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Study: Topical Tamoxifen Gel Effective in Breast Cancer, With Fewer Side Effects Than Oral Formulation

Blood levels more than fivefold lower in gel-treated patients

A breakdown product of tamoxifen, 4-OHT, applied as a gel formulation on the breasts of women with ductal carcinoma in situ (DCIS), was as effective in reducing cell proliferation as oral tamoxifen, with fewer side effects, according to a new study published in Clinical Cancer Research.

“In this study, we have shown that the gel application of 4-OHT to the skin resulted in high drug levels in the breast but low drugs levels in the circulation. This would maintain the effectiveness of the drug, but minimize the side effects,” said lead investigator Seema A. Khan, MD.

“Oral tamoxifen is used by some women at high risk for breast cancer to prevent the development of the disease, and our data suggest that gel application of tamoxifen could replace this approach, thus encouraging more women to adhere to preventive therapy,” she added.

Khan and her colleagues conducted a randomized, double-blind, placebo-controlled phase II clinical trial to compare the effects of 4-OHT gel applied on the breasts with those of tamoxifen taken orally. They found that after 6 to 10 weeks of gel application, the reduction in a marker of cell proliferation (Ki-67) in breast tissue was comparable with that of oral tamoxifen taken for a similar period of time. Blood levels of the drug were much lower when applied as a gel, compared with oral tamoxifen, and this reduced hormonal side effects and blood clotting, which commonly occur among patients treated with oral tamoxifen.

The researchers randomly assigned 26 women (aged 45 to 86 years) with a diagnosis of estrogen receptor-positive DCIS to either the 4-OHT gel arm or the oral tamoxifen arm. All patients provided a baseline blood sample and completed the Breast Cancer Prevention Trial Eight Symptom Scale (BESS) questionnaire. For 6 to 10 weeks prior to surgery, patients in the gel arm applied 1 mL of the gel (containing 2 mg of 4-HT) to the skin of each breast every morning. Patients from the oral tamoxifen arm took a 20-mg tamoxifen capsule every day.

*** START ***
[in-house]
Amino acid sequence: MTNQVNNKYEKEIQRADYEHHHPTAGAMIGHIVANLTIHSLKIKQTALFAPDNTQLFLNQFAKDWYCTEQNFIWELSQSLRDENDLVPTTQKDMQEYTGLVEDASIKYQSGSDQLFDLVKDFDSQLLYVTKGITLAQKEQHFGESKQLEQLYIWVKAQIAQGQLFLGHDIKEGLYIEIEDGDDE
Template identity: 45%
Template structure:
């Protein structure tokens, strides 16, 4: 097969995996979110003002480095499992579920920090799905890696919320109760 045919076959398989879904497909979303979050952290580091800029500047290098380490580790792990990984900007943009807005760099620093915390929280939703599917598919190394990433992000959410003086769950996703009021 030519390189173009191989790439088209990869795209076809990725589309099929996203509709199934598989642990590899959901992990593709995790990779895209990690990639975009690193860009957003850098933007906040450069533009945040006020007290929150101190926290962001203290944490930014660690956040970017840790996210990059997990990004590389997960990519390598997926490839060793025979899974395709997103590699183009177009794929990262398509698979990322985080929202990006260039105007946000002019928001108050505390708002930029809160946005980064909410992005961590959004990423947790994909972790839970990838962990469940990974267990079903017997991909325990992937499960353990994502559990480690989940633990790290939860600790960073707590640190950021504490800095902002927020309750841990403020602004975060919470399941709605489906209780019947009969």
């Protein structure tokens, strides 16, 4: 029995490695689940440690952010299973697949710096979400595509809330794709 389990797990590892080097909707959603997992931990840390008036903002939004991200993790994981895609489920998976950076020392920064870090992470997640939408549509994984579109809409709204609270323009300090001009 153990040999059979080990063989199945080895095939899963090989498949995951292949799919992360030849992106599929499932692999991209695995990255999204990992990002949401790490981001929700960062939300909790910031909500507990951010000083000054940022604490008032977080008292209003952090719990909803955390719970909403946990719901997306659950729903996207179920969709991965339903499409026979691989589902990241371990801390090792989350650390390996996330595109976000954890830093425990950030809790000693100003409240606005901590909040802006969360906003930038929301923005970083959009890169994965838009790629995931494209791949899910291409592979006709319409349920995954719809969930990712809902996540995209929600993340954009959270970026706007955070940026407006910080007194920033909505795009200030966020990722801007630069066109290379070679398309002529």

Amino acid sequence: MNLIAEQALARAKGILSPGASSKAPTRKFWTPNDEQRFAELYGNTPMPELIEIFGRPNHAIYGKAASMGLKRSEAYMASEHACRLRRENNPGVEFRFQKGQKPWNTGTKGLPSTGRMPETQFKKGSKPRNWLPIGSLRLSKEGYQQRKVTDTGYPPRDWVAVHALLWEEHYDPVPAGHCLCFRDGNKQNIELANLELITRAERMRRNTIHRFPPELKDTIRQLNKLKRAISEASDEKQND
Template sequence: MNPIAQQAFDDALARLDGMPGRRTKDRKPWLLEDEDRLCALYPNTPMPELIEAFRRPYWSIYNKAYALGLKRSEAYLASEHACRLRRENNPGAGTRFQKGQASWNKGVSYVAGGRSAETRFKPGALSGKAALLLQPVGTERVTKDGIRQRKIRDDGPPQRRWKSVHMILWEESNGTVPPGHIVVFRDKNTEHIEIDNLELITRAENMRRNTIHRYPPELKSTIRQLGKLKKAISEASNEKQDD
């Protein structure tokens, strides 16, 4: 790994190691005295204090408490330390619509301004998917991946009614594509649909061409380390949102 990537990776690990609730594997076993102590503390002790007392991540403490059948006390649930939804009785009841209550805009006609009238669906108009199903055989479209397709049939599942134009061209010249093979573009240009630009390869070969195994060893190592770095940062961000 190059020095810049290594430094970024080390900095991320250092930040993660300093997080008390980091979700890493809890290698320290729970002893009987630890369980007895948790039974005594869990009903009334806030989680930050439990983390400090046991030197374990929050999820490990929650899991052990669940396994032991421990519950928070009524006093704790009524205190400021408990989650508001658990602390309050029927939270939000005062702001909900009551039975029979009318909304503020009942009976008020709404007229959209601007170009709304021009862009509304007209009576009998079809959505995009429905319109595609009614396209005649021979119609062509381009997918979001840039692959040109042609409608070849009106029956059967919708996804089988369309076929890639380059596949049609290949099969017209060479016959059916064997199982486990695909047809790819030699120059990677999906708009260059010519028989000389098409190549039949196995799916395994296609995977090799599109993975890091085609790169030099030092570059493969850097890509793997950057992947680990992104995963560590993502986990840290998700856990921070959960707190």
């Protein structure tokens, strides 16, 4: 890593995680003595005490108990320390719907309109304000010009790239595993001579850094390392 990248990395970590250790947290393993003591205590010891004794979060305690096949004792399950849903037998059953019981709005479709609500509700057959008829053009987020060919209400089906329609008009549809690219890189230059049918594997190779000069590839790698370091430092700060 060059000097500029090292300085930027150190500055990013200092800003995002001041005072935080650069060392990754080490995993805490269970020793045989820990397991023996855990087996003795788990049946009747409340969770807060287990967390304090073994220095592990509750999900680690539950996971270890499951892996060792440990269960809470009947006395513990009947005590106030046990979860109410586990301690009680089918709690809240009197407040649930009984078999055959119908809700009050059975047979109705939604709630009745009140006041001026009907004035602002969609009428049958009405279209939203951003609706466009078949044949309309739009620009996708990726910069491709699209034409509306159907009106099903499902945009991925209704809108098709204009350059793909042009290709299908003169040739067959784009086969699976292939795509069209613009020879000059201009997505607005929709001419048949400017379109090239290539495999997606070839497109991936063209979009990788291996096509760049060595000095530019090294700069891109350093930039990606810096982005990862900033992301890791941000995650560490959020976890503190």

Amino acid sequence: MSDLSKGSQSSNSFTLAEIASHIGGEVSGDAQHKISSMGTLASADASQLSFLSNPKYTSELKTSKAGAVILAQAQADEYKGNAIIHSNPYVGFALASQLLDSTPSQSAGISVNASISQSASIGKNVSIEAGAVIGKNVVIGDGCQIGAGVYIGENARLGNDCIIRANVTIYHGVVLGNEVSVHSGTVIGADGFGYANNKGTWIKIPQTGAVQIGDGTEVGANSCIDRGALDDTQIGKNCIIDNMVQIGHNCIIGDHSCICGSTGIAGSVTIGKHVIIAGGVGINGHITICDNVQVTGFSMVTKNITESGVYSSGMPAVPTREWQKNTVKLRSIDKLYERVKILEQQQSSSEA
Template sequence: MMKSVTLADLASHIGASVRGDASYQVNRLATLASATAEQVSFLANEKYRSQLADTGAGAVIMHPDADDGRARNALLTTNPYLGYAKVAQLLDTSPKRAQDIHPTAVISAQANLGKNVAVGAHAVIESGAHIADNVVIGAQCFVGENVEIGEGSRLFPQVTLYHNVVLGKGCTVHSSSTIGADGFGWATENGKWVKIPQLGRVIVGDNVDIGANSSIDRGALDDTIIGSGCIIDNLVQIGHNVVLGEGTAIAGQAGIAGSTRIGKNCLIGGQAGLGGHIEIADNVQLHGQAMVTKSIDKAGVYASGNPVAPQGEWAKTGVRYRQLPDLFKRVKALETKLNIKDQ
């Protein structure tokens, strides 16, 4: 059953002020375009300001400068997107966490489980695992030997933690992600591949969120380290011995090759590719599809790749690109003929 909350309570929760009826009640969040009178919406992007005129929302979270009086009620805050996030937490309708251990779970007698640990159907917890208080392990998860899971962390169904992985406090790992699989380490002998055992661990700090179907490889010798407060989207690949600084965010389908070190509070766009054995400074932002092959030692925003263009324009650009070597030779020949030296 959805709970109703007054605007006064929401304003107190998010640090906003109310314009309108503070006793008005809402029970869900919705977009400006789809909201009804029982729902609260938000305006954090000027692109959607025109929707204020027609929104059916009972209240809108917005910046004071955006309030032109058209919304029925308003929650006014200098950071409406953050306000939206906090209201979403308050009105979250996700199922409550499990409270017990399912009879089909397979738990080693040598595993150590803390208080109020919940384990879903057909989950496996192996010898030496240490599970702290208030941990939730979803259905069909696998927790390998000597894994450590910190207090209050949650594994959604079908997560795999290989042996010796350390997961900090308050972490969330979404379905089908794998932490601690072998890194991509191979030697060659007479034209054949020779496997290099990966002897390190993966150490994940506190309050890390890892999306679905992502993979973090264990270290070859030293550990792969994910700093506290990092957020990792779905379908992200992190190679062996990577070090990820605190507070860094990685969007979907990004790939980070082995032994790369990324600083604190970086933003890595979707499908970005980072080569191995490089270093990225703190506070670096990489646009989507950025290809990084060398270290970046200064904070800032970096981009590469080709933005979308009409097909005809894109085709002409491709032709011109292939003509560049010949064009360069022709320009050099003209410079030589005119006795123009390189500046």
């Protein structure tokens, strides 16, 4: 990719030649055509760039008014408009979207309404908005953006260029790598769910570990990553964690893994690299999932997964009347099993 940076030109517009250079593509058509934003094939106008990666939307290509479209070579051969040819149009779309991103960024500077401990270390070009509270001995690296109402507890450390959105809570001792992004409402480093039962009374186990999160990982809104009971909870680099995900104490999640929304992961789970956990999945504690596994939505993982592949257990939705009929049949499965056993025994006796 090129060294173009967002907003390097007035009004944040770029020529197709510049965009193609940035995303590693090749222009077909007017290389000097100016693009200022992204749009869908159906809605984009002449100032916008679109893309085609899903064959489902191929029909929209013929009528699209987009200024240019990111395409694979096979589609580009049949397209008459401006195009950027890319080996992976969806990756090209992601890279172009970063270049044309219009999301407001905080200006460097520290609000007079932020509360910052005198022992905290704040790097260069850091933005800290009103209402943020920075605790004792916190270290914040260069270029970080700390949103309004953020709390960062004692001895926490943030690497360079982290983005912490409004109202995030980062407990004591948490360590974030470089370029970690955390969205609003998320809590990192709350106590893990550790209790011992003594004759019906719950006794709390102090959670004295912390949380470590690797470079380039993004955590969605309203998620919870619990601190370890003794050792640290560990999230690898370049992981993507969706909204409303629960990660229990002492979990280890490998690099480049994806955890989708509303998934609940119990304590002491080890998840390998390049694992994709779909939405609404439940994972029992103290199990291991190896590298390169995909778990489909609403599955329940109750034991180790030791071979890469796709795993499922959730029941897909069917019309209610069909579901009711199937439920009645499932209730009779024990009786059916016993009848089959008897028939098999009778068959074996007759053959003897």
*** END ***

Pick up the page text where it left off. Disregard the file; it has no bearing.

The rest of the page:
The researchers found that equal amounts of 4-OHT were present in the breast tissue of patients in both the gel and oral tamoxifen arms (5.8 ng/g vs. 5.4 ng/g, respectively) collected during surgery, but the levels of 4-OHT in the blood of patients in the gel arm were 5.5-fold lower than they were in the blood of those in the oral tamoxifen arm (0.2 ng/mL vs. 1.1 ng/mL, respectively).

The substantial reduction in the levels of 4-OHT in the blood of patients who used the gel correlated with a reduction in factors that cause blood clots.

“Tamoxifen has to be broken down by the liver to its active components, which include 4-OHT. In this process, harmful side effects can also arise, such as the activation of proteins that cause blood clots. Because the liver metabolism step is eliminated when the 4-OHT gel is directly applied to breast skin, the harmful effect of increasing the risk for blood clots should also be eliminated,” Khan explained.

Based on the BESS questionnaire, however, patients in the gel arm showed no significant improvement in vaginal symptoms, gastrointestinal symptoms, or hot flashes and sweats compared with those in the oral tamoxifen arm.

Source: AACR; July 15, 2014.

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